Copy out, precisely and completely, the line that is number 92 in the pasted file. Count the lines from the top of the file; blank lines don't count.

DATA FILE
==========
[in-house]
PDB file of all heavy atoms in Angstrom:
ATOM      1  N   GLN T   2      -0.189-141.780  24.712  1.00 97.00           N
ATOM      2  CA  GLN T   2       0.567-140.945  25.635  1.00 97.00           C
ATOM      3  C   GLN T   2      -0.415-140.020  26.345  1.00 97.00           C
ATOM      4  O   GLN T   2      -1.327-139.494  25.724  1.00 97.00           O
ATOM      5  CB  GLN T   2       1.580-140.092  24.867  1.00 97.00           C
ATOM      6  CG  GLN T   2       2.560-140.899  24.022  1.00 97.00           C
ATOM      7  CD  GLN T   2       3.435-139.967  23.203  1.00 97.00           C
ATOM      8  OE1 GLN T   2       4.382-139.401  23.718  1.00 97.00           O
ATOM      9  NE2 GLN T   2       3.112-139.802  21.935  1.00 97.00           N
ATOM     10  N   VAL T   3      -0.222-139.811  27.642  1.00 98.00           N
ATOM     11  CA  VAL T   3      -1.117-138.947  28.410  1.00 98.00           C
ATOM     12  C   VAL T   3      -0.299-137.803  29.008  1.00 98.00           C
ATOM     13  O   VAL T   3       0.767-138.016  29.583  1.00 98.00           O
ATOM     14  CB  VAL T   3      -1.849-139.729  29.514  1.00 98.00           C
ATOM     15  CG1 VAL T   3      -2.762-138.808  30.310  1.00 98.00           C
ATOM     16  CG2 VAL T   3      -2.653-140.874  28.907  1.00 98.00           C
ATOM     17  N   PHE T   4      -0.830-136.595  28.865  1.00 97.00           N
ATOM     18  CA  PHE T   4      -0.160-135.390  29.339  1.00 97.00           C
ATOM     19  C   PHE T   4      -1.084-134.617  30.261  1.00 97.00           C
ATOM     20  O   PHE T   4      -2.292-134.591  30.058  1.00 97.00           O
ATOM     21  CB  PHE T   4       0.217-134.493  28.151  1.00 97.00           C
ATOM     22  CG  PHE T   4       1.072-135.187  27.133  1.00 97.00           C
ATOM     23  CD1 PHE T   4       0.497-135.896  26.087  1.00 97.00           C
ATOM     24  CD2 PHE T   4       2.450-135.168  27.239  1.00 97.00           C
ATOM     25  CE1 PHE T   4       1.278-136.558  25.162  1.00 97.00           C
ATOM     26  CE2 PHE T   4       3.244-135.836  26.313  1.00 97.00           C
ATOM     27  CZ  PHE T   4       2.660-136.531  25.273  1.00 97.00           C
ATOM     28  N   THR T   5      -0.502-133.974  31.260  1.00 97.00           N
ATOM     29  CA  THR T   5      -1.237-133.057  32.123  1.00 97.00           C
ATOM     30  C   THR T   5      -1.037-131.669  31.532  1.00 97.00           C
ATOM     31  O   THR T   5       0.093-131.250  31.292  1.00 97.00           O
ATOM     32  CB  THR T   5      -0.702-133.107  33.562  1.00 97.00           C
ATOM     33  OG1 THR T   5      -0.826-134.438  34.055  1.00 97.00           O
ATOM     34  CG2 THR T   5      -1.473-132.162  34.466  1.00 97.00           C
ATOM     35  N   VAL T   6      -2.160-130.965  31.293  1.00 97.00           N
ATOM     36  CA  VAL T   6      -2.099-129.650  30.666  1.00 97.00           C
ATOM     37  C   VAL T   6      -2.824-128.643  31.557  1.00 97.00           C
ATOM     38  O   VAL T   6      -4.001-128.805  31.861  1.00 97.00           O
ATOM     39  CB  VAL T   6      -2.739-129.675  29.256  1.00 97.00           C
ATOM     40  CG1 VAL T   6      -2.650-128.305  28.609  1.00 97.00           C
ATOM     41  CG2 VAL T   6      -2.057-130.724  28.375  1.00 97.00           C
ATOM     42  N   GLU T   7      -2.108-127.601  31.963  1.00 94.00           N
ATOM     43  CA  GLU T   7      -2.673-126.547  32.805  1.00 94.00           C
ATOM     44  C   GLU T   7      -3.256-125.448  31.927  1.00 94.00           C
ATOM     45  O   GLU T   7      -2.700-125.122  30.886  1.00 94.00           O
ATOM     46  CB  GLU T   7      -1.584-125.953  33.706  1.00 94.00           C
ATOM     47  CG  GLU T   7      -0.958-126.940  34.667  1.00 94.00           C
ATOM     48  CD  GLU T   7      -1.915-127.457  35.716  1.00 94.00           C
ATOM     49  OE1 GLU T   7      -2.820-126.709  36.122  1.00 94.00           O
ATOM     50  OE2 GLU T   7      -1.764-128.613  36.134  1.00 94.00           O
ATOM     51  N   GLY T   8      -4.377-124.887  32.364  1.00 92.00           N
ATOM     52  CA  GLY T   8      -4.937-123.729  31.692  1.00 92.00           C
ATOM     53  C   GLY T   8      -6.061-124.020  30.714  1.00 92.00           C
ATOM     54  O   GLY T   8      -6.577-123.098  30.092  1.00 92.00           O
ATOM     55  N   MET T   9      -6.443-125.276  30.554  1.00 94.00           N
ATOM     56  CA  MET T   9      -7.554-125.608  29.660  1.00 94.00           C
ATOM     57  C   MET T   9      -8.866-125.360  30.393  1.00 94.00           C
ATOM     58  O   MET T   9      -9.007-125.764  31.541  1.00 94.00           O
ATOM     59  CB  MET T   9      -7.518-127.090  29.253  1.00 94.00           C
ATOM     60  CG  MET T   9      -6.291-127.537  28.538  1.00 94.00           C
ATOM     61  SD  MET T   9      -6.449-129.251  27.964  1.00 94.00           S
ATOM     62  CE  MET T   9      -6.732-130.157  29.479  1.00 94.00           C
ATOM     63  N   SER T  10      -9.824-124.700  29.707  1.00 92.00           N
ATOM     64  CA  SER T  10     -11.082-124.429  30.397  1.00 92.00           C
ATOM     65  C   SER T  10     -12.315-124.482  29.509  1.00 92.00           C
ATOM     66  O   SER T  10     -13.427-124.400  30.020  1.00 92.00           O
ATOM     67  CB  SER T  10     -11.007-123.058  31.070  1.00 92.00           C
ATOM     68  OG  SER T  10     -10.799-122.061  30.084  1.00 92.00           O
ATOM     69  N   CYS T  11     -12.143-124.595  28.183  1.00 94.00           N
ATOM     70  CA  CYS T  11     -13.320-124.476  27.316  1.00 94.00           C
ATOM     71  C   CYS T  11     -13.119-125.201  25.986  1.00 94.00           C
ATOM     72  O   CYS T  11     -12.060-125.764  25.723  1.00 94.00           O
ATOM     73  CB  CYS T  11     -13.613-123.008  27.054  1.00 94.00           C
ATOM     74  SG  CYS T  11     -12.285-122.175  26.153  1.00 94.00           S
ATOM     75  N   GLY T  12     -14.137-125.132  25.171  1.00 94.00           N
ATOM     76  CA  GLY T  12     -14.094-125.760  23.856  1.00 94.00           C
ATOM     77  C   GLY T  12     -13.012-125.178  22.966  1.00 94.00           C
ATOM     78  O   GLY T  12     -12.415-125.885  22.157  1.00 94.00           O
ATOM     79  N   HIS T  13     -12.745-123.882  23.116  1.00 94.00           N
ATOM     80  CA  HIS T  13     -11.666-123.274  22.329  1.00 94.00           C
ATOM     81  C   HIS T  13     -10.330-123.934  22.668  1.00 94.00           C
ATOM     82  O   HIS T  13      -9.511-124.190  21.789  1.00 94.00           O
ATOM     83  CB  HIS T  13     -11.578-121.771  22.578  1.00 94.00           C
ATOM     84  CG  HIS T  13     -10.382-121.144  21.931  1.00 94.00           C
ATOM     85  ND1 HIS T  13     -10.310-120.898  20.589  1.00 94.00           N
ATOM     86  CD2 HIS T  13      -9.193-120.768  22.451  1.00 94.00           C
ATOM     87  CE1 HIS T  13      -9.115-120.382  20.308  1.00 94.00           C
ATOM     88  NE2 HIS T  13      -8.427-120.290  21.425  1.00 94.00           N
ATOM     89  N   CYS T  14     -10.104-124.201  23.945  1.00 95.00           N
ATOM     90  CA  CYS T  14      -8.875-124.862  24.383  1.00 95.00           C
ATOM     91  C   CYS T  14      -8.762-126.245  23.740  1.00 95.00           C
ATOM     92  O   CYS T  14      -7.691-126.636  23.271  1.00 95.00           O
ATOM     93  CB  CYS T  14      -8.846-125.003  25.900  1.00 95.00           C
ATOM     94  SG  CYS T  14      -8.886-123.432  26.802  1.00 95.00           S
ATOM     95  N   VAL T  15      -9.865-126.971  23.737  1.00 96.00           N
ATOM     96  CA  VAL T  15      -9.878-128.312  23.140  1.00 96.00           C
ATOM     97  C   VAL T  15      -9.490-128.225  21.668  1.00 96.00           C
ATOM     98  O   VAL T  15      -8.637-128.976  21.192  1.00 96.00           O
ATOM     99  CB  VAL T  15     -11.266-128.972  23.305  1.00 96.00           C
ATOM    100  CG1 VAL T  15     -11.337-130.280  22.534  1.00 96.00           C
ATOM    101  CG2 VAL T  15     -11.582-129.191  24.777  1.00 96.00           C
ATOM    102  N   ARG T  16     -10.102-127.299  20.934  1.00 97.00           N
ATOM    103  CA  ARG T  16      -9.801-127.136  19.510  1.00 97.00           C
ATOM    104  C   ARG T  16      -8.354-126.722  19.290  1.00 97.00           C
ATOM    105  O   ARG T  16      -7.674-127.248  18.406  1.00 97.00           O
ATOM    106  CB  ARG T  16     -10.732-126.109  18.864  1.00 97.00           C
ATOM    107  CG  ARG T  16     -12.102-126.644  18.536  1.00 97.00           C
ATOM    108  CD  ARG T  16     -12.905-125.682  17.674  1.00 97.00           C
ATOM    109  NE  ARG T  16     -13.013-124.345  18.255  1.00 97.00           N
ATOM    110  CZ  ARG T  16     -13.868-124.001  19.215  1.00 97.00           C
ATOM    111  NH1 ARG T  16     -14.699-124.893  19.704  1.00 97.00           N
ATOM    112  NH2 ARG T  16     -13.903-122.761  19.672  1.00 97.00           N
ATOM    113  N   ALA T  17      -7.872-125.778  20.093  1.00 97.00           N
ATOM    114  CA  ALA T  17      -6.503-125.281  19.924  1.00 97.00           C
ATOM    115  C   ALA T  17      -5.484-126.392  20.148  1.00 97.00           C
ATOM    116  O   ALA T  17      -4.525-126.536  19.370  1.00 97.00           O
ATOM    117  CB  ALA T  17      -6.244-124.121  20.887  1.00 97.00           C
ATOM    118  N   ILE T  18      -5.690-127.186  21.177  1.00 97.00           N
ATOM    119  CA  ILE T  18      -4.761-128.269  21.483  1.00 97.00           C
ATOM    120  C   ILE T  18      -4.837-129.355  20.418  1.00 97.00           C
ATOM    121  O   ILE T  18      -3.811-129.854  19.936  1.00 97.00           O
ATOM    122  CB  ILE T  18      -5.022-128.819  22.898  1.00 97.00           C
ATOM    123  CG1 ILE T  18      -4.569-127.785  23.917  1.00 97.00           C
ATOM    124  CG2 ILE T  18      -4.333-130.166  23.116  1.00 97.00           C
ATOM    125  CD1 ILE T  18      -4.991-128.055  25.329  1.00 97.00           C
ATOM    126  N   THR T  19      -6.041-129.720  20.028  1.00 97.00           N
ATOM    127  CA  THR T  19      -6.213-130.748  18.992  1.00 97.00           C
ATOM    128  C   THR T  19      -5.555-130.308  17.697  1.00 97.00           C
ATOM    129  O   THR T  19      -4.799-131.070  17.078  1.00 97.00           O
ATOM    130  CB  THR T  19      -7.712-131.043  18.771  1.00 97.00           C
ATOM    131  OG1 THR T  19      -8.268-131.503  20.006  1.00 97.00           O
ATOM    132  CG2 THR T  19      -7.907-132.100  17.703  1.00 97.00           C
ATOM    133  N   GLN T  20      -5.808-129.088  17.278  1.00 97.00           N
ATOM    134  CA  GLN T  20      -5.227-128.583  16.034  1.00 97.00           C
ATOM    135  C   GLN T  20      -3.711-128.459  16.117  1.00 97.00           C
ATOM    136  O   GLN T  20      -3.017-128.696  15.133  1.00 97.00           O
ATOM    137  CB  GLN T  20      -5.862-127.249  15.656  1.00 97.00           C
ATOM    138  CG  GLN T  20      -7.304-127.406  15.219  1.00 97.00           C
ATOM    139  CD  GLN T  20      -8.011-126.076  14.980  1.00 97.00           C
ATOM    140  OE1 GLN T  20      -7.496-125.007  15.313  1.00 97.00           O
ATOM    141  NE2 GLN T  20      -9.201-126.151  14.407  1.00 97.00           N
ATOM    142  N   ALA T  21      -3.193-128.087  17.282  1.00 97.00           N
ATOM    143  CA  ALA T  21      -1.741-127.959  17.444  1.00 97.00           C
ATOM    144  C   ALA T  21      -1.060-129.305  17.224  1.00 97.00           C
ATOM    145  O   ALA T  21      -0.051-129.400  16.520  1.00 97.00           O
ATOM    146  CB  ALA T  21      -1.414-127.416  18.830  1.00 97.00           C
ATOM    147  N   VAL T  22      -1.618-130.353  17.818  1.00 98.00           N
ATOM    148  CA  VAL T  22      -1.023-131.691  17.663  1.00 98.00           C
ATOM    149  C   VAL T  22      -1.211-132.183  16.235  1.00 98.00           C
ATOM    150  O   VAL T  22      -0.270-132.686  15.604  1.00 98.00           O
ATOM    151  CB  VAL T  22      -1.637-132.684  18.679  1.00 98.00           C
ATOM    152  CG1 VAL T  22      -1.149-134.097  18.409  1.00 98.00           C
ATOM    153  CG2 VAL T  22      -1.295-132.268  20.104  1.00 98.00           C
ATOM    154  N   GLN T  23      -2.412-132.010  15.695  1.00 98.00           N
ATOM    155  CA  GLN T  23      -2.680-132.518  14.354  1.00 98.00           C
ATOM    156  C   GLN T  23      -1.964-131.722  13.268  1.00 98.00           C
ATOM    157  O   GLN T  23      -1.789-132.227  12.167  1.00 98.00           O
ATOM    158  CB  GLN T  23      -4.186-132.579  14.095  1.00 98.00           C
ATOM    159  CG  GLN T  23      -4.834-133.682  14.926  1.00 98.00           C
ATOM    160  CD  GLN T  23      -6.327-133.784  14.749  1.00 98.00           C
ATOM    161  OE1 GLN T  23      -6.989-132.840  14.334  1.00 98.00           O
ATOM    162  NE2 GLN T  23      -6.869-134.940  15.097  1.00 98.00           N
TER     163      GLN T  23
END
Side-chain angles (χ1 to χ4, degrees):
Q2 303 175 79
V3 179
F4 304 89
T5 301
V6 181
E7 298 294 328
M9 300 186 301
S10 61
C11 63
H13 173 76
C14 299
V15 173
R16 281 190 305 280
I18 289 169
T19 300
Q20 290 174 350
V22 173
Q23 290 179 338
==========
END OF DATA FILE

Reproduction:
ATOM     90  CA  CYS T  14      -8.875-124.862  24.383  1.00 95.00           C